The Name Key is Strong in VIClient.dll 188.8.131.52
A co-worker of mine ran into a nasty bug the other day when working on some code that linked to the vSphere4 client’s VIClient assembly. He was using the following method to load a graphic VMware bundled as a resource:
When the code was executed on any version of the vSphere client prior to 4.1 an error message appeared:
Clearly there was some fishy business afoot as the same code worked flawlessly only a couple of weeks prior. It turns out that the problem was due to the changes I had made on the build server. When my co-worker built the same code locally it worked fine on vSphere Clients 4.0 U1, 4.0 U2, and 4.1. However, the artifact produced by the build server would only work on 4.1. This is because despite the VMware assemblies my co-workers link to at design time, I use the MSBuild ReferencePath property to build their code against the VMware assemblies I specify. At the end of September I configured the Maven POMs to reference VMware’s latest assemblies, of the 4.1 variety. And it turns out this was much more a major change than I had previously expected. VMware has always strongly-named most of their assemblies. With one major exception:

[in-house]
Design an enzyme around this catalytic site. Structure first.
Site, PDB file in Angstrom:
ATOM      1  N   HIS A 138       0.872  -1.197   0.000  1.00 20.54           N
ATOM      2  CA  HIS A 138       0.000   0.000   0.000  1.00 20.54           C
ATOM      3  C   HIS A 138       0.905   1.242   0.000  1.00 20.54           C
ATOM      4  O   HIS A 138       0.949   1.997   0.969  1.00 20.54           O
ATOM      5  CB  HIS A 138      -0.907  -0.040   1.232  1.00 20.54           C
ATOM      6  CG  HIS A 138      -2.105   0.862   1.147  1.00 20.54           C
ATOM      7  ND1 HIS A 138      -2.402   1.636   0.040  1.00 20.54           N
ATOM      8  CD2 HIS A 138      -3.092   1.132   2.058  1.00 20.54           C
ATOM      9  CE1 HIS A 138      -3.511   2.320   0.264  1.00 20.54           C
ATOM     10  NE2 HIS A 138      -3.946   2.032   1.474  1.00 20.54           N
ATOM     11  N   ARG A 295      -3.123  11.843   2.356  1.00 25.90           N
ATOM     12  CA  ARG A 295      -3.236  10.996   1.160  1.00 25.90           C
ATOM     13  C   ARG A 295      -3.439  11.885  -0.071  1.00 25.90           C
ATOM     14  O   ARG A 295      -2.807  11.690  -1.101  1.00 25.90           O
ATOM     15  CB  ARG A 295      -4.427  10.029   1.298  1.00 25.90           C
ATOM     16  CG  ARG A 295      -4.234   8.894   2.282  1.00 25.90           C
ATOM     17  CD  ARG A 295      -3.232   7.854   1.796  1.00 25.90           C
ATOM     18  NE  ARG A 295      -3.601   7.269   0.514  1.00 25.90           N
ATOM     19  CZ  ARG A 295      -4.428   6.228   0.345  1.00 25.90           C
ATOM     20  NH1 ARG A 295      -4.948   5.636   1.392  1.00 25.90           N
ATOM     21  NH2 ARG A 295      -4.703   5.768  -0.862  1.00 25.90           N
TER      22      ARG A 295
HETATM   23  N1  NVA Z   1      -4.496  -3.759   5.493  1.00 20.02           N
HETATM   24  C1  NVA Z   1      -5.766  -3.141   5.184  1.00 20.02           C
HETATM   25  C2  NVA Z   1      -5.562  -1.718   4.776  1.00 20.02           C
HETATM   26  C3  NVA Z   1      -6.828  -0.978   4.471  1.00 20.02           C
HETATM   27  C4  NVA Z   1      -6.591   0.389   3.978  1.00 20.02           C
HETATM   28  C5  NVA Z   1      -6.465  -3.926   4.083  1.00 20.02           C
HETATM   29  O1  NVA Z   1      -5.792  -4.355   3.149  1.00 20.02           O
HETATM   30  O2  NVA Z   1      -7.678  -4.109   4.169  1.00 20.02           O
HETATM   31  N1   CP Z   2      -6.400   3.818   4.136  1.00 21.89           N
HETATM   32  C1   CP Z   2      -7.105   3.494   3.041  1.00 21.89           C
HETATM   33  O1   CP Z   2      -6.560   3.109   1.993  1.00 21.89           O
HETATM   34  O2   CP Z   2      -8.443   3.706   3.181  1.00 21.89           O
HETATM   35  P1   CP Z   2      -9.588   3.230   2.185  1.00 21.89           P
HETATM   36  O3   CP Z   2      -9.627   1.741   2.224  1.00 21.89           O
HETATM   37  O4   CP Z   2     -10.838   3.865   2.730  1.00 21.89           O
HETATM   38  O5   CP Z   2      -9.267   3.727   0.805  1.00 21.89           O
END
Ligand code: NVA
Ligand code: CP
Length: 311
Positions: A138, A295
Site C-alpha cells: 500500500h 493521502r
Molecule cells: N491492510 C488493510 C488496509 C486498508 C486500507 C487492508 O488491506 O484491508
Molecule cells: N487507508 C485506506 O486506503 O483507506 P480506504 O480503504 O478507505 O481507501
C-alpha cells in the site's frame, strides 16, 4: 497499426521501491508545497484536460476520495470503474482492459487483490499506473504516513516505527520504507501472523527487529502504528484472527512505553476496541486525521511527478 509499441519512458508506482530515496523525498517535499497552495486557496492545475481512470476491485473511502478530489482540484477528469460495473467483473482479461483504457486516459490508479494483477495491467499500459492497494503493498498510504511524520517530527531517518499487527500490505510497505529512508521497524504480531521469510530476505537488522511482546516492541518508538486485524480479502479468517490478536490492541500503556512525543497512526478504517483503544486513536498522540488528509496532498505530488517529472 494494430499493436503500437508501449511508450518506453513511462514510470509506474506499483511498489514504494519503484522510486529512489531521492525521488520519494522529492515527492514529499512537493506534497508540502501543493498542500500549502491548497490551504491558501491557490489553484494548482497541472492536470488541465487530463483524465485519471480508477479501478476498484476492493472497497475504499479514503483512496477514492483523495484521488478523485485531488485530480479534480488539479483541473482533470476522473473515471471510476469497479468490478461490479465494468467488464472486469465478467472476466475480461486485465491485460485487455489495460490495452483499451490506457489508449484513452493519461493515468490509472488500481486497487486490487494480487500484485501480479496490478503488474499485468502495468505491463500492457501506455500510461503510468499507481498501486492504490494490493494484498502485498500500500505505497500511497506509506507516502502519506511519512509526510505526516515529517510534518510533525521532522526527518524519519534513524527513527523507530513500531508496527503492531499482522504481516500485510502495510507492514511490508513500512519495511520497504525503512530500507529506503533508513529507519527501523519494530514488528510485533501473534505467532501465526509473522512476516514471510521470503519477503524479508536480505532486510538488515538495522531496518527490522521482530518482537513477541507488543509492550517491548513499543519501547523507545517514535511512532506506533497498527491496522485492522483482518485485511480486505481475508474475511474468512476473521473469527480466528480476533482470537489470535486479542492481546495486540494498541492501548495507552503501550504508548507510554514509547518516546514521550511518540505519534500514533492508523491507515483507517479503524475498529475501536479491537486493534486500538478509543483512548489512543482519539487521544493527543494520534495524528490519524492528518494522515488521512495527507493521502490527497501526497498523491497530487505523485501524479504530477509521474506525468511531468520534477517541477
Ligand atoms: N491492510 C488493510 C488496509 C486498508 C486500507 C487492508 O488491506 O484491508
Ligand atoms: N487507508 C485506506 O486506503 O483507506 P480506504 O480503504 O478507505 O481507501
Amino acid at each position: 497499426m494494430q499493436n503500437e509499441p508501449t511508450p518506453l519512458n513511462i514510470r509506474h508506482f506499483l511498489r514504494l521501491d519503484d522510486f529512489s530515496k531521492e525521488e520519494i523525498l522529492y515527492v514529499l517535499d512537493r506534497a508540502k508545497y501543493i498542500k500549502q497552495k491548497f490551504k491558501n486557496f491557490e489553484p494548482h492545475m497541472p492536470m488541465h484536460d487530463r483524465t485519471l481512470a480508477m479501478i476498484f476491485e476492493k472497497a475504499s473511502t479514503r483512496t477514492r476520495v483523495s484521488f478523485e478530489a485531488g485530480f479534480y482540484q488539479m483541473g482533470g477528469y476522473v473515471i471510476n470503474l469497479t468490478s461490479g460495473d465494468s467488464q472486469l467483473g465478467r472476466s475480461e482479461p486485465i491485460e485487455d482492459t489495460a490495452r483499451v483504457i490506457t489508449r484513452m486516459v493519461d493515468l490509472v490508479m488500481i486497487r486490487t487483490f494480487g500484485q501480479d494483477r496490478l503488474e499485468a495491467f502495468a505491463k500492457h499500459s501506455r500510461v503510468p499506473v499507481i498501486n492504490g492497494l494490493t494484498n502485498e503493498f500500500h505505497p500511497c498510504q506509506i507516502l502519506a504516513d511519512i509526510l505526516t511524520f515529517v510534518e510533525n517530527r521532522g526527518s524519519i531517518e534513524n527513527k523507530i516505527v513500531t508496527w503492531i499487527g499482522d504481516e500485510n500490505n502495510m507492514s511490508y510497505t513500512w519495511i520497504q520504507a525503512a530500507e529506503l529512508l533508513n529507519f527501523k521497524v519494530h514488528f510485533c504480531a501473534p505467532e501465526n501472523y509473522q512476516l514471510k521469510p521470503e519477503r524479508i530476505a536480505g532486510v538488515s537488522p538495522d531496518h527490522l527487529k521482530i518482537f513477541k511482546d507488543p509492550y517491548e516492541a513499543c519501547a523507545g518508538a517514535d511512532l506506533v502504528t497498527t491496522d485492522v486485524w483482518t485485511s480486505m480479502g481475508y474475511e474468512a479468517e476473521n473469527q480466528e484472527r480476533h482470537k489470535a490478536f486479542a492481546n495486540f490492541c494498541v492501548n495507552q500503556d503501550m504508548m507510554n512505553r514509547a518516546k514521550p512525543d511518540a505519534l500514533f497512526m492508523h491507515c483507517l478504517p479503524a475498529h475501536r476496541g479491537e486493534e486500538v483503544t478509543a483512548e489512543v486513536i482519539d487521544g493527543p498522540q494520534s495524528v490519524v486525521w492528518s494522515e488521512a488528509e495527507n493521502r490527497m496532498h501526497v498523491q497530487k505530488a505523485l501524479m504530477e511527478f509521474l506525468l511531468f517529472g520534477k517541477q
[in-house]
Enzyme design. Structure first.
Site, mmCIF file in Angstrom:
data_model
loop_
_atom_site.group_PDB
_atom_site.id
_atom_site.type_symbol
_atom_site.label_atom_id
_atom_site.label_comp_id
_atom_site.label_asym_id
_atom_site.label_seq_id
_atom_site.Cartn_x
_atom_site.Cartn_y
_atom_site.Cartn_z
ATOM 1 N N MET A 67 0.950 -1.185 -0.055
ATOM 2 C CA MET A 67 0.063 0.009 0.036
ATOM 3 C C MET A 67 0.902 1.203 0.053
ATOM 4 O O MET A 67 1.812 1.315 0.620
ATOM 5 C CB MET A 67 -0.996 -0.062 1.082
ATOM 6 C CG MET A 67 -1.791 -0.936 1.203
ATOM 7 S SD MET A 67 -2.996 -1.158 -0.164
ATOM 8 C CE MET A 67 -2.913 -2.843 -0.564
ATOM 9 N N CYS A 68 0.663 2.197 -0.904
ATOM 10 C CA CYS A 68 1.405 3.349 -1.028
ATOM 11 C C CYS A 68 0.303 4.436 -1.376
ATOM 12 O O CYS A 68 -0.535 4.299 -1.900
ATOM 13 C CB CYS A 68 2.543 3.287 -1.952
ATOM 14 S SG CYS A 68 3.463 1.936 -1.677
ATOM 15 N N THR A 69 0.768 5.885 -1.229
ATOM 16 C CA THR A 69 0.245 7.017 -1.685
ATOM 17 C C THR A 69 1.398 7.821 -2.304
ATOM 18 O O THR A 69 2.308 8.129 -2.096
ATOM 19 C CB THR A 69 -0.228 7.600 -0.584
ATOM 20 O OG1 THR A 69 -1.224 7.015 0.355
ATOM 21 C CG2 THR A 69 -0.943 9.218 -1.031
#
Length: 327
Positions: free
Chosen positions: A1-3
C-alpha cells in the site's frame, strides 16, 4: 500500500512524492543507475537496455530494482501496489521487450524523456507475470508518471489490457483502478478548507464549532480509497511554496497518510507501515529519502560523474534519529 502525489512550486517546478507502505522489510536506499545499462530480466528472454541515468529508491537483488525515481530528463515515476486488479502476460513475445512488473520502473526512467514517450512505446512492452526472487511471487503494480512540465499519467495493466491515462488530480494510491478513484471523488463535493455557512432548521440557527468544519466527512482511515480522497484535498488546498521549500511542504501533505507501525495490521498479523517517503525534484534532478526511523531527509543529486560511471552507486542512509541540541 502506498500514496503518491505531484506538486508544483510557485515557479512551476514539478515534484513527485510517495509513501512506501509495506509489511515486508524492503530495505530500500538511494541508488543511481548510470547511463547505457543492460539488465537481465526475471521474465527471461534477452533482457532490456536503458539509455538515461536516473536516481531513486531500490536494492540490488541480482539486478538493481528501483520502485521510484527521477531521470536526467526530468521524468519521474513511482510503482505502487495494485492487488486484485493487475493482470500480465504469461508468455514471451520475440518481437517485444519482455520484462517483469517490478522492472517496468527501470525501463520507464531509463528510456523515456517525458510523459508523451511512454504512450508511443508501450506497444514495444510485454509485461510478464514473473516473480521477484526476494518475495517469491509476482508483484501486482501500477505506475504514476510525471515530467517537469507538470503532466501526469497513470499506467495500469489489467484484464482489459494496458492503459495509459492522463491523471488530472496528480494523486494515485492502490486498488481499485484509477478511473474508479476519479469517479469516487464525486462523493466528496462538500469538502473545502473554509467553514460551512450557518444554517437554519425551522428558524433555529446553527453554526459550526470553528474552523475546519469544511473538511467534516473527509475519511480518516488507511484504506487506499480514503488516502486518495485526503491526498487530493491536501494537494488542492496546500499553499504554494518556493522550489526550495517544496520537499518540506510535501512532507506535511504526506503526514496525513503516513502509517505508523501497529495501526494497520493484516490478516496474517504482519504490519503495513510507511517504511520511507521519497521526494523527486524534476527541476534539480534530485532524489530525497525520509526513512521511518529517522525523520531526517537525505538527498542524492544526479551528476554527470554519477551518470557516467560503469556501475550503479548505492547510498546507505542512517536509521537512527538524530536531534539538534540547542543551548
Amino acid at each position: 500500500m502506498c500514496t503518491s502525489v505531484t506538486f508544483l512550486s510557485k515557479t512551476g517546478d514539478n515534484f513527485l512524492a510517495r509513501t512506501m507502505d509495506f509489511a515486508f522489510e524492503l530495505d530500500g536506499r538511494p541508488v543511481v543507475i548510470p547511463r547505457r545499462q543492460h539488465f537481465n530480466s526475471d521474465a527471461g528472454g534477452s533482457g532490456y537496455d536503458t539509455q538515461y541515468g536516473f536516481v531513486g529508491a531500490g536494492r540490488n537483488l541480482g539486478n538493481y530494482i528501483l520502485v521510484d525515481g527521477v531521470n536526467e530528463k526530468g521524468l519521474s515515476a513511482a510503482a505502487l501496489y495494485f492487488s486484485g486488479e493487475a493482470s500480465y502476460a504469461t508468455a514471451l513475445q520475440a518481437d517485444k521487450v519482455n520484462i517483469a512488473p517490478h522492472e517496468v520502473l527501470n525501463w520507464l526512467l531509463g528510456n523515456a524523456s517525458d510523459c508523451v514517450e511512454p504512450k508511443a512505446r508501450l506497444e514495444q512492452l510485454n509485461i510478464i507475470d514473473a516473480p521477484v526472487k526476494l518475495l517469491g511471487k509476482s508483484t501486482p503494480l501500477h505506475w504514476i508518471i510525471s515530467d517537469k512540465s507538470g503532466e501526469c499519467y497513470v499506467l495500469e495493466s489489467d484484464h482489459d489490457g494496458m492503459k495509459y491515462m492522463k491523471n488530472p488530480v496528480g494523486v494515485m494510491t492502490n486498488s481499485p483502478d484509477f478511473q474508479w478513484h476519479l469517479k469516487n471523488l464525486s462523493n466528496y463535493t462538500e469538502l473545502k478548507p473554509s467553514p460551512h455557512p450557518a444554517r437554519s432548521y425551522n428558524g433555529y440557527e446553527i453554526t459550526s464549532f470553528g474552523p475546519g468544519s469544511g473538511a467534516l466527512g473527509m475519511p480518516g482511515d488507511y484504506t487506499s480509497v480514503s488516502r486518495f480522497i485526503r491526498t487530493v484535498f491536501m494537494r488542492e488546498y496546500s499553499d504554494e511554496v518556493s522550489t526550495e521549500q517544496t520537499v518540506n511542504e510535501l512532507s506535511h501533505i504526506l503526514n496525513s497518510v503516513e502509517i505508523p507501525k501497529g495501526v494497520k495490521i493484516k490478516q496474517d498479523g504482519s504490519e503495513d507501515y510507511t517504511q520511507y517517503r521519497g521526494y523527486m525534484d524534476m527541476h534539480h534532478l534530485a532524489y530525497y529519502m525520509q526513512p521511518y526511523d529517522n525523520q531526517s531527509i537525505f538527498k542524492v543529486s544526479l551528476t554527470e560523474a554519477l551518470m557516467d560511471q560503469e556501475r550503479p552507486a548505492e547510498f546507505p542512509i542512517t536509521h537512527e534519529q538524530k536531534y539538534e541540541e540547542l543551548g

This is what
Lutz’s Red Gate’s Reflector shows when reflecting VIClient.dll version 184.108.40.206 (4.0 U2):
// Assembly VIClient, Version 220.127.116.11 Location: C:\Program Files\VMware\Infrastructure\ Virtual Infrastructure Client\4.0\VIClient.dll Name: VIClient, Version=18.104.22.168, Culture=neutral, PublicKeyToken=null Type: Library
Notice that the PublicKeyToken field in the assembly’s name is null. This means that this version of VIClient.dll is not strongly-named. Here is the same assembly for version 4.1:
// Assembly VIClient, Version 22.214.171.124 Location: C:\Program Files\VMware\Infrastructure\ Virtual Infrastructure Client\4.1\VIClient.dll Name: VIClient, Version=126.96.36.199, Culture=neutral, PublicKeyToken=7c80a434483c7c50 Type: Library
The PublicKeyToken field now has a value of 7c80a434483c7c50. It seems VMware finally got around to strongly naming the VIClient assembly. What does this mean for developers?
- If you link to version 4.1 of the VIClient assembly when you compile your assembly, that exact assembly must be loaded/available to the AppDomain when your code loads.
- Code that is compiled against the 4.1 version of the VIClient assembly is not backwards compatible with previous versions of the vSphere client since previous versions did not strongly name VIClient.dll.
In short — Don’t link against VMware’s internal assemblies. Or if you do, do it using late-binding at runtime by using all reflection all the time.
Hope this helps!
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Tags: .net, vmware, vsphere